September 5, 2018

Different Strokes for Different Folks: Diverse Schools Mean Diverse Values, Too

By Idit Fast

 Students at PS 146, Brooklyn, one of the first "Diversity in Admissions" schools in the city.

Students at PS 146, Brooklyn, one of the first "Diversity in Admissions" schools in the city.

What do integration and diversity in schools really mean? I confronted these questions during my two years’ research of three of the first seven schools participating in what has become New York City’s “diversity in admissions” policy program. Those first seven public elementary schools voluntarily embarked on a journey to halt or reverse a process through which schools that traditionally served low-income students of color had growing numbers of more affluent white students as a result of gentrification in their communities. There are now 42 schools that work to retain or attract students from low-income families by giving admissions priority (depending on the school) to students who are English language learners, who have incarcerated parents, whose families receive public assistance, or whose incomes qualify children for free or reduced-price school lunch. 

Between September 2016 and June 2018. I observed the monthly PTA, school leadership team (SLT), and diversity committee meetings in each of the three schools. In addition, I interviewed 20 parents in each of the schools and conducted repeated interviews with principals and parent coordinators in each of the schools each year.

These schools’ experience shows that integration means more than just putting diverse groups of people together. The work only then starts. The school communities confront issues of racial and class-based inequalities and biases in teacher-student relationships, parents’ interactions with staff and with each other, PTA fundraising practices, and within-school segregation in the form of dual-language and special education classes.

There is also another less-discussed aspect of integration that confronts these schools. They experience fundamental disagreements among parents and between administrators, parents, and teachers over what the core values and goals of education, and life in general, should be. What these disagreements keep bringing up is that to get diversity in class, race, ethnicity, and culture, the school’s community must also accept diversity in opinions, perceptions, and lifestyles. And that is not a simple task.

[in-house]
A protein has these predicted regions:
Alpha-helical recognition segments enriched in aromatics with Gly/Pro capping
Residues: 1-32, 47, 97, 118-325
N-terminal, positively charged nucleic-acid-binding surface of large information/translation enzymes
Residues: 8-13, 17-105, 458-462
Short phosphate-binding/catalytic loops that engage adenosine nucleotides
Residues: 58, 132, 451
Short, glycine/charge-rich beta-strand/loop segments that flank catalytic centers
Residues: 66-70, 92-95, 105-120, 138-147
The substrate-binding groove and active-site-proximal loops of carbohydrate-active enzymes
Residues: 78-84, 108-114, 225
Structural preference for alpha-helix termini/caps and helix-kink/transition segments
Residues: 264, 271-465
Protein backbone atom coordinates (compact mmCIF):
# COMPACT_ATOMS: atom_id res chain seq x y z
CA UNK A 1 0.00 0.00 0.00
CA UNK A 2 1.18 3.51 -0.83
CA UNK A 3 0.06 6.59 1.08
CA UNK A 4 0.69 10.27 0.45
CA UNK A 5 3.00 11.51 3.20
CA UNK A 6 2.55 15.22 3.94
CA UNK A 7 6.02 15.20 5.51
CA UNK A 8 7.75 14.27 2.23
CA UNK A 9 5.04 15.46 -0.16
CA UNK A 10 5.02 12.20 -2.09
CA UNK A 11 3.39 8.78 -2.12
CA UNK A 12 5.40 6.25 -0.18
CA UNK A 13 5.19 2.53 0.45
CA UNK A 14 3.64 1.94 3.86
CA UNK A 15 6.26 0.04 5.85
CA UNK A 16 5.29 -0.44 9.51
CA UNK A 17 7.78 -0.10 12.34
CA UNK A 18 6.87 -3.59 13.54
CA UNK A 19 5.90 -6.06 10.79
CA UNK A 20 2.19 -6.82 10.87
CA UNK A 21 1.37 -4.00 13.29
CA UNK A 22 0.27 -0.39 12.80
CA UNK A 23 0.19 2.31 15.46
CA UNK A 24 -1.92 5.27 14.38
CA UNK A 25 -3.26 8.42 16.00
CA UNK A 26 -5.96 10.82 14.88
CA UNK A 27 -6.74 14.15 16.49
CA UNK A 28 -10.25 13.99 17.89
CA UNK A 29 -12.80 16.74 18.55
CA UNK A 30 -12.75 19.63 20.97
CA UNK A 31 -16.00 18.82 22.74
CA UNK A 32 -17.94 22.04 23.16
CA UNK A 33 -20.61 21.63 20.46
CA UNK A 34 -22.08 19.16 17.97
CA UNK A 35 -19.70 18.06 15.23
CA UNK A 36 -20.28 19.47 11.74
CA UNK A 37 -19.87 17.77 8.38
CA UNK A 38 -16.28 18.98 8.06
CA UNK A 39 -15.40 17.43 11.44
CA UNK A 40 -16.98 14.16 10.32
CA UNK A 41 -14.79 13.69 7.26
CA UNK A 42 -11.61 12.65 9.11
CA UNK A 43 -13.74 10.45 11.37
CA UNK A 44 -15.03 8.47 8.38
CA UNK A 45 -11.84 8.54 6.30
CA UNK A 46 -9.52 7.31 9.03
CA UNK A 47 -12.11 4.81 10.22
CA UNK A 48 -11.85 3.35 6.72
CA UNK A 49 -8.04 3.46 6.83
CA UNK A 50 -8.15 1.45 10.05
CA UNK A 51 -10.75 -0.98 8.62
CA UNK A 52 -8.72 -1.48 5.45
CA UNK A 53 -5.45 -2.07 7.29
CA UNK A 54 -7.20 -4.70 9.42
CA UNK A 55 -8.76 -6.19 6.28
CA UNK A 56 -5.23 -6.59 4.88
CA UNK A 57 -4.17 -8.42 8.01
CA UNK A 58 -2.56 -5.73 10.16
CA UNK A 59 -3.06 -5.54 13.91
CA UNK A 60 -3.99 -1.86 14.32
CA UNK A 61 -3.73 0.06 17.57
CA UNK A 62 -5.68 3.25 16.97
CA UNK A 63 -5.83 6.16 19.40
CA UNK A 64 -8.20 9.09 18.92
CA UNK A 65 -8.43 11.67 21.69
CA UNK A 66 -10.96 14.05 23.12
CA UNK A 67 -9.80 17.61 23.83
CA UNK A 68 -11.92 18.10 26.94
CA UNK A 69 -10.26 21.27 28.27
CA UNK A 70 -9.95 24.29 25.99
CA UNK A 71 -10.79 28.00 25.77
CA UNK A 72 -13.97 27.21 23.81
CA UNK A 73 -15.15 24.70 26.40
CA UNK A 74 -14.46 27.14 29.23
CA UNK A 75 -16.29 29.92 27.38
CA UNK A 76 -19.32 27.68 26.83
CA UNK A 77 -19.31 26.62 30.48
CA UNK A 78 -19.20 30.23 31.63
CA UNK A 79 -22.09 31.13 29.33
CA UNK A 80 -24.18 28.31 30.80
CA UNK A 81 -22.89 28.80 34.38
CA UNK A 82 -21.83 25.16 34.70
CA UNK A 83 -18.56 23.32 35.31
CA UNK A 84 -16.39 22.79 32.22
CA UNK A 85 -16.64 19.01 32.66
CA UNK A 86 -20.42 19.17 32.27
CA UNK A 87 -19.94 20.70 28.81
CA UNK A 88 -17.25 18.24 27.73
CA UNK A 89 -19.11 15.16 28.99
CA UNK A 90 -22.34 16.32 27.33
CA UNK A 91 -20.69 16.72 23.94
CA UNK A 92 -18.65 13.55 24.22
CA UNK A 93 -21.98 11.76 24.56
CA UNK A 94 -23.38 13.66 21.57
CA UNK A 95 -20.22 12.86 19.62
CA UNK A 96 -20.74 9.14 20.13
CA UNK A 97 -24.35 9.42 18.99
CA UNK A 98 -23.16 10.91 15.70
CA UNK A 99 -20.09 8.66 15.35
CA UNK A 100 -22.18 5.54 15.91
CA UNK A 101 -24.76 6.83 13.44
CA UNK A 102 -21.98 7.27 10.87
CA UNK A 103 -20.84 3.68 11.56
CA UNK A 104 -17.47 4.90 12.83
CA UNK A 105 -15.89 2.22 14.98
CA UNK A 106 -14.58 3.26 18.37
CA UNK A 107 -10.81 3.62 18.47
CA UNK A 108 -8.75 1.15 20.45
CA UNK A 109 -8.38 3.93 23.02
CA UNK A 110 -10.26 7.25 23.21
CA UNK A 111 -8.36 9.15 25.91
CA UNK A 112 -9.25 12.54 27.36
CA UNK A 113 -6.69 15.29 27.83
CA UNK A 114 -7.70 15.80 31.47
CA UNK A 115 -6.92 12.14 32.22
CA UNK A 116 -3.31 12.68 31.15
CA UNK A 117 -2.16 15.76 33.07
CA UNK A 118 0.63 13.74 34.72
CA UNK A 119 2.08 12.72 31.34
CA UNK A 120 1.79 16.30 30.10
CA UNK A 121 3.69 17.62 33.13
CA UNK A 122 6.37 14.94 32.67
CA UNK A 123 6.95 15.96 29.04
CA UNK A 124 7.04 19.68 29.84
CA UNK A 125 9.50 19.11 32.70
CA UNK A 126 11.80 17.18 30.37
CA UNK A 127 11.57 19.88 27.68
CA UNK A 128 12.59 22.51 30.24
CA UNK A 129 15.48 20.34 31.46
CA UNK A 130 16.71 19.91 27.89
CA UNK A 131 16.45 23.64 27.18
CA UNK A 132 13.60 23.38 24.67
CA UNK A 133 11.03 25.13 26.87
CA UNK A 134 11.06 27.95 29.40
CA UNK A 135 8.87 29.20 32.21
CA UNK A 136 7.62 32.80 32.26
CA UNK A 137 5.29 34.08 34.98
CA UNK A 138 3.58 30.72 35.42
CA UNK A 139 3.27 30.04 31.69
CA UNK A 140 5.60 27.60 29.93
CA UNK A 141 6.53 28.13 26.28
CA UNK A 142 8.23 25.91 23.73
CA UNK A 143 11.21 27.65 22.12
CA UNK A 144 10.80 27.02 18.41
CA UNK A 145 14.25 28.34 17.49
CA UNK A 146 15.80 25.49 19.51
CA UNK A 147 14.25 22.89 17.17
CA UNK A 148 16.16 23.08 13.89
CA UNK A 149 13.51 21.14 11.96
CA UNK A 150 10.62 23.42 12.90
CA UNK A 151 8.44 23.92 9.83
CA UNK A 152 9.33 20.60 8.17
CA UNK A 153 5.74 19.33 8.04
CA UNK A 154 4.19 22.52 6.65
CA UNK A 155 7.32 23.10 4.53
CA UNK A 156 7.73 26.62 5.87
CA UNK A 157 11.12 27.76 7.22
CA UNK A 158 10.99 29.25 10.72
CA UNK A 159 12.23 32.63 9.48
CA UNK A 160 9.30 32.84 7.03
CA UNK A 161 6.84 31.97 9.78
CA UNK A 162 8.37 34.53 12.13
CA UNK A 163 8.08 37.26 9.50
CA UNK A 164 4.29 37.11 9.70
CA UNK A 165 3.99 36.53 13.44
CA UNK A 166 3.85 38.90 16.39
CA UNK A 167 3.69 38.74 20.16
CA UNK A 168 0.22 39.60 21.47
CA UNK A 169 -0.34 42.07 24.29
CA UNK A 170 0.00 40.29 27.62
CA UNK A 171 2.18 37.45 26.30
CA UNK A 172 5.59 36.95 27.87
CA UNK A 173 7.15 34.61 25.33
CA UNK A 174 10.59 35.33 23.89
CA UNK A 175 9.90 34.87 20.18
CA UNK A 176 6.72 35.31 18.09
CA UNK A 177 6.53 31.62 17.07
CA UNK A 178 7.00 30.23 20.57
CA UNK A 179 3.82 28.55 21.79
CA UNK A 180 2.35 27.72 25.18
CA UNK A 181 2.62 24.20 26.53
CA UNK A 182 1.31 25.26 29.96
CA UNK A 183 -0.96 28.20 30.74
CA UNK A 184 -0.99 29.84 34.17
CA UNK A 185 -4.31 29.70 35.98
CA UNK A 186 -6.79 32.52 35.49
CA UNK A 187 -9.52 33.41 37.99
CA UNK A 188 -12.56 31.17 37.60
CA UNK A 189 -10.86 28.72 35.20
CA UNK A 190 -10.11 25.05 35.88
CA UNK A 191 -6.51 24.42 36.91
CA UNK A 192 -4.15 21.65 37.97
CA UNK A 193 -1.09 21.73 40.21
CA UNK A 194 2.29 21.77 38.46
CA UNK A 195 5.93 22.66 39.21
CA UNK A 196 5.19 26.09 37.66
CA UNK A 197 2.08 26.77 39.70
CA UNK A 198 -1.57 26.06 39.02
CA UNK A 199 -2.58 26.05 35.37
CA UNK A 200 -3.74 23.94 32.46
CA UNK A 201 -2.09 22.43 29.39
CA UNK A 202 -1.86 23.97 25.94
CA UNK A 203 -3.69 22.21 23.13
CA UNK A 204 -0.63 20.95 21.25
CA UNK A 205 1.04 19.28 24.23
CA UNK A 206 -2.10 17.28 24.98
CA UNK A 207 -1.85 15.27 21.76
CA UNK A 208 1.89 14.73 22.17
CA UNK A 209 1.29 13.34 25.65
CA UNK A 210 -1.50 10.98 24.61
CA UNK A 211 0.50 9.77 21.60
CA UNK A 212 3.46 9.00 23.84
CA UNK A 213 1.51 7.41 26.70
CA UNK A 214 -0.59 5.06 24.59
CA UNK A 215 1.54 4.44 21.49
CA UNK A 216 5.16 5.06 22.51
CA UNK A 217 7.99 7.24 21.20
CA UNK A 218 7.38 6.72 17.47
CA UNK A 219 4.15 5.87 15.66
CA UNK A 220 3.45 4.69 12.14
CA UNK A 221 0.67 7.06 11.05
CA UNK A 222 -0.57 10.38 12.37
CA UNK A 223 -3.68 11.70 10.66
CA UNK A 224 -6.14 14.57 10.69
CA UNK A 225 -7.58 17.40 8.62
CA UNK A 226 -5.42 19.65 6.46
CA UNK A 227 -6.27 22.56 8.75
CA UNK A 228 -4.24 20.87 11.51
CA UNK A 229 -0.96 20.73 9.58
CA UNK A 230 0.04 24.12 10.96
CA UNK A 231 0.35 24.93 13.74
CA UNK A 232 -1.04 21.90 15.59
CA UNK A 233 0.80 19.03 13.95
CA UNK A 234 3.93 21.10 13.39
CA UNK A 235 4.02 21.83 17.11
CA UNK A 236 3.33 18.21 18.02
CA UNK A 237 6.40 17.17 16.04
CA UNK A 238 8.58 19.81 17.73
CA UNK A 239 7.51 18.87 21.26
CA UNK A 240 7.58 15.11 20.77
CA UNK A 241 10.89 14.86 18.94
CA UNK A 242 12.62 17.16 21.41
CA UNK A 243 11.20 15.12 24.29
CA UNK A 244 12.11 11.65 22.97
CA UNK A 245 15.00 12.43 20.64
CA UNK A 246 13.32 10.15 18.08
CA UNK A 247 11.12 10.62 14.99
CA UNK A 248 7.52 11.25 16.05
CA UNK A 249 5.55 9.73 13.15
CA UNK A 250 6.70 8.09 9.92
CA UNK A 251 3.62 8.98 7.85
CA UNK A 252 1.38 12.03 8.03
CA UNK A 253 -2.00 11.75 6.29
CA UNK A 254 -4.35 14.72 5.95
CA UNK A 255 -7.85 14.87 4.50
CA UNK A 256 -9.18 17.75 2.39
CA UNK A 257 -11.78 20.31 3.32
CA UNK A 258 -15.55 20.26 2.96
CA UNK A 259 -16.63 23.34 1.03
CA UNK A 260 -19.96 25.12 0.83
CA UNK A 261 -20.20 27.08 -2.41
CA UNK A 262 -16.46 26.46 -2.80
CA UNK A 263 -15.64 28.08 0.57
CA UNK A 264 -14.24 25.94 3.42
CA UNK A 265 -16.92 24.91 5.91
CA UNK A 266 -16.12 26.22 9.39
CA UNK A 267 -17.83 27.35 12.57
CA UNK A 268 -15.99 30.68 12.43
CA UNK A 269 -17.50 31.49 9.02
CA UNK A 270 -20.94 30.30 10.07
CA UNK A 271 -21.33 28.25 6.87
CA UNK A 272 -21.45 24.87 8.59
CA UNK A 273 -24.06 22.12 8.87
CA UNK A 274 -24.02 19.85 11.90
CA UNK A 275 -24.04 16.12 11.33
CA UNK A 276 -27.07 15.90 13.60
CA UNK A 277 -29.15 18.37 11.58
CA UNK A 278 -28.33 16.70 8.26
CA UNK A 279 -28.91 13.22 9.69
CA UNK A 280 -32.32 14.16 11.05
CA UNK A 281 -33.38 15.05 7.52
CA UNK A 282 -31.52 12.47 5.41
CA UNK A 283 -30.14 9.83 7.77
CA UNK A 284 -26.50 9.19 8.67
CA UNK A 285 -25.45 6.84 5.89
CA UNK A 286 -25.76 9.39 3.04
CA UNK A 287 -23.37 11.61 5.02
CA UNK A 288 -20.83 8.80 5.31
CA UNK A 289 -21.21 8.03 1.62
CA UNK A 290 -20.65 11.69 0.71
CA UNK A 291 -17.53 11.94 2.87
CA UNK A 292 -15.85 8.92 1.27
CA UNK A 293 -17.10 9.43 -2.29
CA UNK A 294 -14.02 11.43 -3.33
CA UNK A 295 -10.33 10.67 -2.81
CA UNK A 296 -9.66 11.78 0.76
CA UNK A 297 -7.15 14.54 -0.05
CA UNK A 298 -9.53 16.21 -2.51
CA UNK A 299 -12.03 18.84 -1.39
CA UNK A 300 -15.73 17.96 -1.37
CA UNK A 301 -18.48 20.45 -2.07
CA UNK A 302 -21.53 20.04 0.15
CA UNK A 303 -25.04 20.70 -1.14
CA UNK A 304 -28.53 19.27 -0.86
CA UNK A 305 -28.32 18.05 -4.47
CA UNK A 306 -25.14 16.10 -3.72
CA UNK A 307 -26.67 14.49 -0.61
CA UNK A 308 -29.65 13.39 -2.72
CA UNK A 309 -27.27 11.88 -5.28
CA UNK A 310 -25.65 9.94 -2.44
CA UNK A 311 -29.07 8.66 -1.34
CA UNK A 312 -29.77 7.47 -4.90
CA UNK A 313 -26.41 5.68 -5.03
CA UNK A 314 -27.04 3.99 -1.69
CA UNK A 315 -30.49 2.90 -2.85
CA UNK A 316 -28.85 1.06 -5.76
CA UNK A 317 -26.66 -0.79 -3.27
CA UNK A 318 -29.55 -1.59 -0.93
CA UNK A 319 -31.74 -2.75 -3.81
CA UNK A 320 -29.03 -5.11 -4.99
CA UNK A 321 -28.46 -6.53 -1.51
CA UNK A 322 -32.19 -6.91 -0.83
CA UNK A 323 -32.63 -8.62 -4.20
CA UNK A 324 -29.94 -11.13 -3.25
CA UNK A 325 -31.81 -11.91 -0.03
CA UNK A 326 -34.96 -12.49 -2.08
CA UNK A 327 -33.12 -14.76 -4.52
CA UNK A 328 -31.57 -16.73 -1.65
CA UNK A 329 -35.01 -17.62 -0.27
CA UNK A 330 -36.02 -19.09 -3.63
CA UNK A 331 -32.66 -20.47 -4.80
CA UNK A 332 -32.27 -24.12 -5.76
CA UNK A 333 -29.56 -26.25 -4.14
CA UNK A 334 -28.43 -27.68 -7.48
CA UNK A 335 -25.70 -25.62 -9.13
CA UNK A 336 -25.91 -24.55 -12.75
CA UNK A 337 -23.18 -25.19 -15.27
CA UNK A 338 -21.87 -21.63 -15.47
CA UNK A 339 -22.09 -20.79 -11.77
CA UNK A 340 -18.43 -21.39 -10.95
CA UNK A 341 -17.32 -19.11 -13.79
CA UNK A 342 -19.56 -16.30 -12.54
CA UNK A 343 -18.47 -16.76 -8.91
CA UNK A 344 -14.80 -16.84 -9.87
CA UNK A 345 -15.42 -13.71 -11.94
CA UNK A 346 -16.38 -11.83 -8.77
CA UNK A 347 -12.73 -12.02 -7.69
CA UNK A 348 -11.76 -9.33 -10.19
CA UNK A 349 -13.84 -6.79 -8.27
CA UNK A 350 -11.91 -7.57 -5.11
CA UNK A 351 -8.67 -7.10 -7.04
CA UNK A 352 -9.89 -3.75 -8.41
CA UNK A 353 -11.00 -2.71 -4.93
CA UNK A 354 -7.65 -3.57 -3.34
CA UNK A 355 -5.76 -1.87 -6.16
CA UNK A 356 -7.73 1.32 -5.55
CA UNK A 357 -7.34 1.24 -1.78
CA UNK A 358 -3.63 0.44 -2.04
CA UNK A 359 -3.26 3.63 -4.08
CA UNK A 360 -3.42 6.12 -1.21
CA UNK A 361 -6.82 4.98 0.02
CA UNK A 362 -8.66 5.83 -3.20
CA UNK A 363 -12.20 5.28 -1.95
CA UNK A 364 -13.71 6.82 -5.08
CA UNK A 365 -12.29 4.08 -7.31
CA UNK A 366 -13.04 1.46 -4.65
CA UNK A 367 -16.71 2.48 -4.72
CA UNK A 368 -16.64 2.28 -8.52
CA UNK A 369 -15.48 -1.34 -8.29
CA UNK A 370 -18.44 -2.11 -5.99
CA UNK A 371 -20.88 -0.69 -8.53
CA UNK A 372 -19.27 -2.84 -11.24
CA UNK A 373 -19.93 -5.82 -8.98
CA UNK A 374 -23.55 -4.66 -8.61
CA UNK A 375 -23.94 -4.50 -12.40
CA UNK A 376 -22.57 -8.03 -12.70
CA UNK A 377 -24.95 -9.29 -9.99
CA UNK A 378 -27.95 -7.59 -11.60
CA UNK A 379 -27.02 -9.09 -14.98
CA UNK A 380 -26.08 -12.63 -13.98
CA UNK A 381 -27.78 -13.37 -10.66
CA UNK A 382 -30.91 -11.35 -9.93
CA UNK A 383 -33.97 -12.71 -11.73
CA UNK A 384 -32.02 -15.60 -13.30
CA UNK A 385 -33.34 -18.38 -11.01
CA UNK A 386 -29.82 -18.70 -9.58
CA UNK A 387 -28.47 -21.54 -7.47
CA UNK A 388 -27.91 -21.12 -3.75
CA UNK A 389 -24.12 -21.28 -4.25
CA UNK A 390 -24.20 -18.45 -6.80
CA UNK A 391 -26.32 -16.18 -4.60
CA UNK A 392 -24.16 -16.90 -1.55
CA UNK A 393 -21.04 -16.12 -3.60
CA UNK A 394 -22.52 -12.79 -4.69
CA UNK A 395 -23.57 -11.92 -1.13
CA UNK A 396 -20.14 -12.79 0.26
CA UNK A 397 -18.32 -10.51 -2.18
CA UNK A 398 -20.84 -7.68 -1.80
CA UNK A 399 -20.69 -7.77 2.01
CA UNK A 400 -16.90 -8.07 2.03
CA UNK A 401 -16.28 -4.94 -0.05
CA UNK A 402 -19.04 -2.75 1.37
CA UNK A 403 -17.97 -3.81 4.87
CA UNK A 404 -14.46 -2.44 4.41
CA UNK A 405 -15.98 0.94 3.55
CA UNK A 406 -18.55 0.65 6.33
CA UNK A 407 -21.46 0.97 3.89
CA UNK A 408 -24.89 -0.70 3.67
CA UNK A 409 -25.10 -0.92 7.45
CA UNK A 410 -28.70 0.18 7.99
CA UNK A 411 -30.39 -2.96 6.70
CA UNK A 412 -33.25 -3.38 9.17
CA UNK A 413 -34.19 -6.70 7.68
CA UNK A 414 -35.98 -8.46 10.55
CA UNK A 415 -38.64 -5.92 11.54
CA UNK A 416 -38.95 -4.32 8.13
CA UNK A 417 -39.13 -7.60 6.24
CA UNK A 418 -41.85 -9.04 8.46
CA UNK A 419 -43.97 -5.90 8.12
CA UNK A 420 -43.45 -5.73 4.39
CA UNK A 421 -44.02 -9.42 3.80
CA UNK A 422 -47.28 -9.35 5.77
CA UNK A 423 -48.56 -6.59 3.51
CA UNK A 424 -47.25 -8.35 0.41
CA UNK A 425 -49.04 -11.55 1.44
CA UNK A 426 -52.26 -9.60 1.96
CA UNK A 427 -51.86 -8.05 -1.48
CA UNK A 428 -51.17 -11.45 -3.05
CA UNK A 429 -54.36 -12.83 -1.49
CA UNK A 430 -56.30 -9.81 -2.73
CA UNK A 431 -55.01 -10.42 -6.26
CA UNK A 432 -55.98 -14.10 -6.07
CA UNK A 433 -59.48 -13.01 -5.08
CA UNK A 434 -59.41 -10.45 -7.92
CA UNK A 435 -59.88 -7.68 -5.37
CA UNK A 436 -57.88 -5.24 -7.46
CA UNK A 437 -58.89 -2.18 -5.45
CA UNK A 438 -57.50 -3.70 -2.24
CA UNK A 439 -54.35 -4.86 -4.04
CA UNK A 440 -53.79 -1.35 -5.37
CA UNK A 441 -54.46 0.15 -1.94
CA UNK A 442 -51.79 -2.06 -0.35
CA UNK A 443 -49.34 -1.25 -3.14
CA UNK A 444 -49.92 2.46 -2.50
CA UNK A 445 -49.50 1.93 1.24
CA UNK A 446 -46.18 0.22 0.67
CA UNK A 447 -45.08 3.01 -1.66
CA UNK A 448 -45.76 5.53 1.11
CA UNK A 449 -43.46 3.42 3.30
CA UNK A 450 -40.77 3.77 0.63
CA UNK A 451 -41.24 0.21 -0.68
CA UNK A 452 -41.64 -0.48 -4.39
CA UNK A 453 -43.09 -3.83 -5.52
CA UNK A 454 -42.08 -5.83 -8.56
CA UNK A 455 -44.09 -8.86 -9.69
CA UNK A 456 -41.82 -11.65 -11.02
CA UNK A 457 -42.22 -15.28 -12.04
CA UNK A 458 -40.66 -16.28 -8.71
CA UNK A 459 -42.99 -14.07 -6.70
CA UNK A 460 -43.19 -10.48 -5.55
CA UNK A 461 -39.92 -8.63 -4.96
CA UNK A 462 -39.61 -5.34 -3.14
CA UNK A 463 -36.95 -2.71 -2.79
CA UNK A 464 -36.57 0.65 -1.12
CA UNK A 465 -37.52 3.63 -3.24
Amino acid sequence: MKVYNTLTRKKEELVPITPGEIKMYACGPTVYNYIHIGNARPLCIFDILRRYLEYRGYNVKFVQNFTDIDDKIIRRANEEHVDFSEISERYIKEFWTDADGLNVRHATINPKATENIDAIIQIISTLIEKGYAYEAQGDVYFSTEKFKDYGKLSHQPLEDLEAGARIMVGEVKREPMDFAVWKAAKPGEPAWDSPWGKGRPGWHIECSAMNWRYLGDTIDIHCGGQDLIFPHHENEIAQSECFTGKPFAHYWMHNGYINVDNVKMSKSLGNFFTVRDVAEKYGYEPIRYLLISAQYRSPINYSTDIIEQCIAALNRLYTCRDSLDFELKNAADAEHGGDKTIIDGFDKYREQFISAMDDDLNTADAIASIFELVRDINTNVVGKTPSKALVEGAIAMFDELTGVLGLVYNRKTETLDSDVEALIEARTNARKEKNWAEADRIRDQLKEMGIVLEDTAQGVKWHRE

Conflict around testing is a notable example of these disagreements and was a frequent topic in the parent meetings I attended. Some of the pilot schools are leaders of the “opt-out” movement. Led by mainly white parents, it calls on families to avoid the State’s standardized tests because, they argue, such tests put too much pressure on children, prevent in-depth learning, and target low-performing schools. Many parents of color, and some white parents, disagree and argue that opting-out is a white privilege. Black and brown boys in particular, they argue, cannot afford to get to middle school applications without test scores. They also contend that testing is a part of life that kids need to learn to deal with. And they oppose what they perceive as the over-sheltering of children by middle- and upper-class families.

Another such conflict arises around values. The original cohort of the pilot schools is made up of mostly progressive schools that support progressive values in their everyday practices, from how they approach classroom studies to how formally teachers are addressed by students. Many parents align with this approach to education and choose these schools partly for that reason. But there are also parents who find the focus on progressive values exclusionary of parents who are religious, who do not hold progressive values, or who were not themselves educated in progressive educational institutions. Schools cannot create integration if they make parents who do not align with progressive values feel “traditional” or “not enlightened enough.”

The three schools I observed took two disparate approaches to dealing with these conflicts. One was to mostly ignore them. An opposite approach was to confront these issues head on, expose them, and talk about them in the open. This approach entails stating in PTA, SLT, and diversity committee meetings that “We have disagreements around how to talk to children, how much homework we should give them, and how much testing school should do, and let’s talk about them.”

The second approach has obvious merits. We know today that the past approach to integration, in which black students were sent into white schools with the expectation of cultural assimilation, was harmful to those students. Success cannot result from cultural annihilation. In schools that ignore challenges to their values and perceptions of doing things parents develop resentment and feel out of place.  Acknowledging that differences exist and that there is not necessarily one correct way of doing things is a big step toward creating integrated spaces. Lacking such acknowledgment, the pilot schools might remain secluded silos of like-minded families.

Since arriving in New York a few months ago new Schools Chancellor Richard Carranza has made it clear that he sees greater cultural sensitivity as key to increasing racial and economic diversity in more city schools. The schools I observed illustrate how important, and how complex, that effort is.


Photo above: Students at PS 146, Brooklyn, one of the first "diversity in admissions" schools in the city.


Photo by:  InsideSchools 

 

Idit Fast is a PhD candidate in sociology at Rutgers University, and a fellow at the Center for Engaged Scholarship.